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School Districts Peer Into Budgetary Abyss

March 7, 2012

School districts peer into budgetary abyss | UTSanDiego.com.

Pretty in-depth article in the UnionTribune about school districts around the county.  This is NOT looking good for teaching staffs, and unless Jerry Brown can get some sort of tax initiative passed by voters, teachers will lose jobs, class sizes will balloon and it will ultimately harm our kids.

I am only posting the first of four pages that I recommend my readers to click through (above) and read.  Keep in mind while reading this article that California used to be one of the top states with regard to funding public education, we are now near the bottom (47th).  A big reason for this is the ridiculous Proposition 13 which limits property taxes being raised in areas to support public schools.  Thus, CA has to take taxes out of sales and other kinds of taxes to make ends meet.  Prop 13 should be abolished and a more sound and just tax system should be levied on land and business owners.

Eighth-grade algebra teacher Robert Bates helps Amber Hard during a lesson at Palm Middle School in Lemon Grove. County students have shown improvement in state standardized tests, with a larger proportion than ever scoring proficient or higher in English, math, science and history this year.

Eighth-grade algebra teacher Robert Bates helps Amber Hard during a lesson at Palm Middle School in Lemon Grove. County students have shown improvement in state standardized tests, with a larger proportion than ever scoring proficient or higher in English, math, science and history this year.

The Carlsbad school board just voted to eliminate 20 percent of its teaching positions.

San Diego Unified is poised to issue more than 1,600 pink slips to teachers.

Sweetwater Union is contemplating one-year cuts that amount to nearly triple the cuts previously made in a decade.

At this point, school officials can’t say whether all or even some of that may come to pass.

School districts are facing perhaps their most difficult and uncertain budget year ever. The annual budget dance has always had a specter of unpredictability because deadlines force districts to make budget and staffing decisions well before they know how much money they will get from the state.

This year, the guessing game is even more difficult because the governor’s budget is dependent on a proposed tax increase being approved by voters in November. Districts say even if that measure, or an alternative tax-increase proposal, passes, their budgets will still be tight.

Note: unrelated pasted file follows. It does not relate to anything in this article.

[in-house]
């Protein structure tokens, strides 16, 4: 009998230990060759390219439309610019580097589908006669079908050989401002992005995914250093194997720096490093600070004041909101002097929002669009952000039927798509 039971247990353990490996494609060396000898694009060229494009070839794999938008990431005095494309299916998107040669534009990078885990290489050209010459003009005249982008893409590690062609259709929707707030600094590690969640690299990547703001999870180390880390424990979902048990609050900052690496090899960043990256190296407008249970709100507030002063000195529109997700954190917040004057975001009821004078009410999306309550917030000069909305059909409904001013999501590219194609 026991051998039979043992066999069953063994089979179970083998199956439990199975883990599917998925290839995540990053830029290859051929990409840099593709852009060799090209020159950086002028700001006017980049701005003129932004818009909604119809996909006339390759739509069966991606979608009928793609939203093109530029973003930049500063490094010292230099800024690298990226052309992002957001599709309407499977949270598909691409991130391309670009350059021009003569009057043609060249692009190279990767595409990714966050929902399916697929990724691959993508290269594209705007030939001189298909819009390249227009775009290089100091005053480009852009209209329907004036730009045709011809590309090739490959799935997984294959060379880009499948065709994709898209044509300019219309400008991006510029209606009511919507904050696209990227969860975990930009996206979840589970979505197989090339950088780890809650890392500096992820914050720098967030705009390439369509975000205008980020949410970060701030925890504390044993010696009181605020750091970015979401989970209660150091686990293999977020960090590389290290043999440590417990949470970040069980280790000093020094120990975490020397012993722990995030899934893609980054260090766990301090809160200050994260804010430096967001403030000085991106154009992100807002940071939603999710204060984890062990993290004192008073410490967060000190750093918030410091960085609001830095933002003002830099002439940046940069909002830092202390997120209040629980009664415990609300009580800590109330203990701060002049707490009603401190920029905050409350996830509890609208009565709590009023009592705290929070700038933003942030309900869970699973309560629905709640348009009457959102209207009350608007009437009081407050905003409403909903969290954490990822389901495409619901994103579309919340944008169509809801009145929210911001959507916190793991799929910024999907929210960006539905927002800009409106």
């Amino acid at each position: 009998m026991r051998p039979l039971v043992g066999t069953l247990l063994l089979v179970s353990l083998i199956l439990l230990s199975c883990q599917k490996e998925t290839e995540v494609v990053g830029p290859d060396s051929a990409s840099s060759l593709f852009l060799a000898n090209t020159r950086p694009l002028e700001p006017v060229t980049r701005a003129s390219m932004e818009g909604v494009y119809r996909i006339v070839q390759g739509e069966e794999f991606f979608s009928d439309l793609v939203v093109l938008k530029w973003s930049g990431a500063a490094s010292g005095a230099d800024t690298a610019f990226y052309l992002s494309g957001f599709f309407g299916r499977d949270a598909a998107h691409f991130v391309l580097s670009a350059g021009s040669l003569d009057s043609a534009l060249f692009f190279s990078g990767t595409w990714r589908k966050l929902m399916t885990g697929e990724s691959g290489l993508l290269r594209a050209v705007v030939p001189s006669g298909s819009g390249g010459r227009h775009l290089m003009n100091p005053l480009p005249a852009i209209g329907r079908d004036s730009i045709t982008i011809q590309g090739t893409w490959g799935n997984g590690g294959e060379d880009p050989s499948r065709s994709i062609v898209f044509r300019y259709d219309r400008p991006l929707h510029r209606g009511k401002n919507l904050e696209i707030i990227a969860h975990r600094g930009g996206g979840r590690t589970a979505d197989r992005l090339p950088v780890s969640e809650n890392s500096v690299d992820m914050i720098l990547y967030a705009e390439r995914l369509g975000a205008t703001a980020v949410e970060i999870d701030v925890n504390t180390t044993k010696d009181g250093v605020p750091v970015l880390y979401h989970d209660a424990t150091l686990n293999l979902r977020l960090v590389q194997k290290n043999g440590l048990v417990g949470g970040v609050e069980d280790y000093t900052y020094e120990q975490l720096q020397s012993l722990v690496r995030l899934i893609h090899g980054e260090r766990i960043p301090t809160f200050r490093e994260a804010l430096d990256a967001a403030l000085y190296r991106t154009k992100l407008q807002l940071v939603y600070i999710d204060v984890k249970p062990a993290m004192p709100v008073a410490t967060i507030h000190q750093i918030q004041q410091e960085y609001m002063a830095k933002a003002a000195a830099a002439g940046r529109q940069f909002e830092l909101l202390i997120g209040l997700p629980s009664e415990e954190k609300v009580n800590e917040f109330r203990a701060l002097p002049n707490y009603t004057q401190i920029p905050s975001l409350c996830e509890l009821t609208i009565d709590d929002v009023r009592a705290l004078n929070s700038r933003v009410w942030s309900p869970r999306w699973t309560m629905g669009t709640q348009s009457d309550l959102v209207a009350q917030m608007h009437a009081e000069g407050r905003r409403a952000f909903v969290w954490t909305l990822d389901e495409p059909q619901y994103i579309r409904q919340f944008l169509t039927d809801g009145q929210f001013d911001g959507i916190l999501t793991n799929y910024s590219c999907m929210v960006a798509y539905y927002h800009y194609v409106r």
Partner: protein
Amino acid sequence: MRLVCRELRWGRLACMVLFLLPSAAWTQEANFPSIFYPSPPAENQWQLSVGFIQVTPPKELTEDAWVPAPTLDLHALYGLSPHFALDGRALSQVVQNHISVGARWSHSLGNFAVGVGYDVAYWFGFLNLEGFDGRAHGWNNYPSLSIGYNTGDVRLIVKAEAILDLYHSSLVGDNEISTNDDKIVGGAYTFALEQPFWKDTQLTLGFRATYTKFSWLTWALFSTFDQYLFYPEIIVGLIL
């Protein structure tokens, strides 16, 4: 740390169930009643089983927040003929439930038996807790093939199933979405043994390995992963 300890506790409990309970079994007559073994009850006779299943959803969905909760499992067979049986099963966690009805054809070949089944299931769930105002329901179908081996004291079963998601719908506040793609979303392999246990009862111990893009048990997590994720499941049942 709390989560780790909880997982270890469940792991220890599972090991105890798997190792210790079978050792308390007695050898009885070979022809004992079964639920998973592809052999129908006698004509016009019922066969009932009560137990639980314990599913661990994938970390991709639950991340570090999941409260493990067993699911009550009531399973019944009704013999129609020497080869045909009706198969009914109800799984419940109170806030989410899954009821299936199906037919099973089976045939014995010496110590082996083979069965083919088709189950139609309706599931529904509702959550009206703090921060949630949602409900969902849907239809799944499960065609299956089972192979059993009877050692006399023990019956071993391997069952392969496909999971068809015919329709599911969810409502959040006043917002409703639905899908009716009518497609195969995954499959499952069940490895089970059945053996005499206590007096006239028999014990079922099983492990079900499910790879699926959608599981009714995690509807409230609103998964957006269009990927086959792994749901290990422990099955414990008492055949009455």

But if there is no tax increase, many school officials say they must make huge cuts. Given the uncertainty, they are preparing for the worst-case scenario.

Districts big and small are under financial distress. State Superintendent of Public Instruction Tom Torlakson recently put out a report stating one in three students in California attends a district in some degree of financial trouble. On the list are seven districts in San Diego County — the most ever from the region — including Borrego Unified, Carlsbad Unified, Fallbrook Union, Grossmont Union, Ramona Unified, San Marcos Unified and the National School District.

Notably absent from the list is San Diego Unified, which has received considerable attention for its financial problems and where officials late last year even raised the possibility of insolvency. But according to county officials, Unified had a positive rating for the reporting period because it has a plan to meet its obligations — painful as that may be.

The district is trying to close a $122 million deficit in next year’s $1.1 billion operating budget. Its plans put nearly 20 percent of its elementary school teachers in jeopardy of getting laid off as well as hundreds of nonteaching employees as it copes with the state’s fiscal crisis. The district also is selling off some real estate and seeking union concessions. Trustees are expected to vote to issue pink slips at their meeting tonight.

All I can say to that is WOW!

Teachers, administrators, parents and those who have been paying attention to schools in California in recent years are familiar with the routine: Preliminary school budgets are dire; pink slips warning of layoffs are issued and then often rescinded — or most of them — after the budget machinations settle in Sacramento.

San Diego Unified, the largest school district in the region and the second-largest in the state, invariably makes the biggest layoff waves because of its size. Last year, the district issued 1,350 layoff notices only to recall 90 percent of them. That annual budget move has left many suggesting school districts have been crying wolf, perhaps even intentionally to put pressure on state officials to provide more money and perhaps increase taxes.

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